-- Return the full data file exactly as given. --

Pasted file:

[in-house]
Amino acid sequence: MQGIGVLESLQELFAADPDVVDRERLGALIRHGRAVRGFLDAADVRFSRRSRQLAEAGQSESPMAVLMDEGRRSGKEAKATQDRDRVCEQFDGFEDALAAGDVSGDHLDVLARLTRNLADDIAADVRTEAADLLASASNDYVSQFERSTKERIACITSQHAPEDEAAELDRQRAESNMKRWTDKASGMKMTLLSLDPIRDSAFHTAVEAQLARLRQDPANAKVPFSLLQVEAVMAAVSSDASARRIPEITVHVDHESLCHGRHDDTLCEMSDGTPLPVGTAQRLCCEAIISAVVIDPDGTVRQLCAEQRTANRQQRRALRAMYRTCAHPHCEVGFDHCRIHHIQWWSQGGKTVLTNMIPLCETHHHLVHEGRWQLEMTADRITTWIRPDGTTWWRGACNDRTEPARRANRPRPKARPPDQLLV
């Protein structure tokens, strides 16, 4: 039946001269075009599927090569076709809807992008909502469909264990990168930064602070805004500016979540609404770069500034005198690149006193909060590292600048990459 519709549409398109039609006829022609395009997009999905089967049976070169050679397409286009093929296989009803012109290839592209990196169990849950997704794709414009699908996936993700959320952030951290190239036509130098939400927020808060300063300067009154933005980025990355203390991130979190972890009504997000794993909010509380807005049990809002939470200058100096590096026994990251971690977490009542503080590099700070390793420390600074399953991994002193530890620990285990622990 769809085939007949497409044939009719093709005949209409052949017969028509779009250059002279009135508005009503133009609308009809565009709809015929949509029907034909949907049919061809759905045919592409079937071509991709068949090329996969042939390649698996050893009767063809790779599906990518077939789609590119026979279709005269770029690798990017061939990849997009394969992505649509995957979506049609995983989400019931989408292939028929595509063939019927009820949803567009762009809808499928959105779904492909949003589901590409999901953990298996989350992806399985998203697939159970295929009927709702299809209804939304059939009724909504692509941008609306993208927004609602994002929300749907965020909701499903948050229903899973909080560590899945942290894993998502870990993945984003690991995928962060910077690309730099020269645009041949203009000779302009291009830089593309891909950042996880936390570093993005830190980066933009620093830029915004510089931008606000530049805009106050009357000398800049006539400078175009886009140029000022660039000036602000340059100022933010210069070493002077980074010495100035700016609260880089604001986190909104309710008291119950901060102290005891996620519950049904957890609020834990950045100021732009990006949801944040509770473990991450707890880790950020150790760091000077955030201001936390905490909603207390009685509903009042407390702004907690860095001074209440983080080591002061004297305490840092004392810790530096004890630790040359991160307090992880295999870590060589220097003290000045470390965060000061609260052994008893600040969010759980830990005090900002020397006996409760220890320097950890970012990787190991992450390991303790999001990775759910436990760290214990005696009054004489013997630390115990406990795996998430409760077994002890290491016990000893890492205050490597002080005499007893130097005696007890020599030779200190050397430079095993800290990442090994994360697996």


[in-house]
Amino acid sequence: MQGIGVLESLQELFAADPDVVDRERLGALIRHGRAVRGFLDAADVRFSRRSRQLAEAGQSESPMAVLMDEGRRSGKEAKATQDRDRVCEQFDGFEDALAAGDVSGDHLDVLARLTRNLADDIAADVRTEAADLLASASNDYVSQFERSTKERIACITSQHAPEDEAAELDRQRAESNMKRWTDKASGMKMTLLSLDPIRDSAFHTAVEAQLARLRQDPANAKVPFSLLQVEAVMAAVSSDASARRIPEITVHVDHESLCHGRHDDTLCEMSDGTPLPVGTAQRLCCEAIISAVVIDPDGTVRQLCAEQRTANRQQRRALRAMYRTCAHPHCEVGFDHCRIHHIQWWSQGGKTVLTNMIPLCETHHHLVHEGRWQLEMTADRITTWIRPDGTTWWRGACNDRTEPARRANRPRPKARPPDQLLV
């Protein structure tokens, strides 16, 4: 039946001269075009599927090569076709809807992008909502469909264990990168930064602070805004500016979540609404770069500034005198690149006193909060590292600048990459 519709549409398109039609006829022609395009997009999905089967049976070169050679397409286009093929296989009803012109290839592209990196169990849950997704794709414009699908996936993700959320952030951290190239036509130098939400927020808060300063300067009154933005980025990355203390991130979190972890009504997000794993909010509380807005049990809002939470200058100096590096026994990251971690977490009542503080590099700070390793420390600074399953991994002193530890620990285990622990 769809085939007949497409044939009719093709005949209409052949017969028509779009250059002279009135508005009503133009609308009809565009709809015929949509029907034909949907049919061809759905045919592409079937071509991709068949090329996969042939390649698996050893009767063809790779599906990518077939789609590119026979279709005269770029690798990017061939990849997009394969992505649509995957979506049609995983989400019931989408292939028929595509063939019927009820949803567009762009809808499928959105779904492909949003589901590409999901953990298996989350992806399985998203697939159970295929009927709702299809209804939304059939009724909504692509941008609306993208927004609602994002929300749907965020909701499903948050229903899973909080560590899945942290894993998502870990993945984003690991995928962060910077690309730099020269645009041949203009000779302009291009830089593309891909950042996880936390570093993005830190980066933009620093830029915004510089931008606000530049805009106050009357000398800049006539400078175009886009140029000022660039000036602000340059100022933010210069070493002077980074010495100035700016609260880089604001986190909104309710008291119950901060102290005891996620519950049904957890609020834990950045100021732009990006949801944040509770473990991450707890880790950020150790760091000077955030201001936390905490909603207390009685509903009042407390702004907690860095001074209440983080080591002061004297305490840092004392810790530096004890630790040359991160307090992880295999870590060589220097003290000045470390965060000061609260052994008893600040969010759980830990005090900002020397006996409760220890320097950890970012990787190991992450390991303790999001990775759910436990760290214990005696009054004489013997630390115990406990795996998430409760077994002890290491016990000893890492205050490597002080005499007893130097005696007890020599030779200190050397430079095993800290990442090994994360697996």